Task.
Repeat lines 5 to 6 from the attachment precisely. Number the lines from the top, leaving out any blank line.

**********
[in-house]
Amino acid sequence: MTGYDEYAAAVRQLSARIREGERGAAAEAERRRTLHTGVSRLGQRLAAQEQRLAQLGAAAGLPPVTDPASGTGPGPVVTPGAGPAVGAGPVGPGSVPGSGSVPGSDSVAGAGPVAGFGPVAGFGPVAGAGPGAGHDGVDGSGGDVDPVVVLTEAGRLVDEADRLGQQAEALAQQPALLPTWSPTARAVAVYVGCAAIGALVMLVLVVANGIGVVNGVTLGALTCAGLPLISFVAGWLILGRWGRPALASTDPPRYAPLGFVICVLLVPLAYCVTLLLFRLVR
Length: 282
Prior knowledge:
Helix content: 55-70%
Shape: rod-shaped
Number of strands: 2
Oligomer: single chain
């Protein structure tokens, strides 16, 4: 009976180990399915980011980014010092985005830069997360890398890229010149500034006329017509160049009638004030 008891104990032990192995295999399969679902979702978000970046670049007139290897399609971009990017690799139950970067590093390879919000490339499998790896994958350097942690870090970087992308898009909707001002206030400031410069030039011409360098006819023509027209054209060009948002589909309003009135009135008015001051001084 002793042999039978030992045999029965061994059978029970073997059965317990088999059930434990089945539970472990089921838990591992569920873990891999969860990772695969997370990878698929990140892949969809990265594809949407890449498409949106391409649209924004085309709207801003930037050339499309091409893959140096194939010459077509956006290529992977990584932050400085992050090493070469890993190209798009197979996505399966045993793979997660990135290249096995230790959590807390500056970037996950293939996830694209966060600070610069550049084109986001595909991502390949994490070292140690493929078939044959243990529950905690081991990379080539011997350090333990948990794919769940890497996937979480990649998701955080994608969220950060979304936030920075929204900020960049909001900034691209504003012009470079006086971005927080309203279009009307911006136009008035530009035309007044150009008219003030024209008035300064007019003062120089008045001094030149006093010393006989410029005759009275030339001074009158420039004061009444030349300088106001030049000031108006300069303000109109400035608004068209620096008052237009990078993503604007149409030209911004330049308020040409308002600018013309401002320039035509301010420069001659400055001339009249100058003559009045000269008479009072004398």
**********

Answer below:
Helix content: 55-70%
Shape: rod-shaped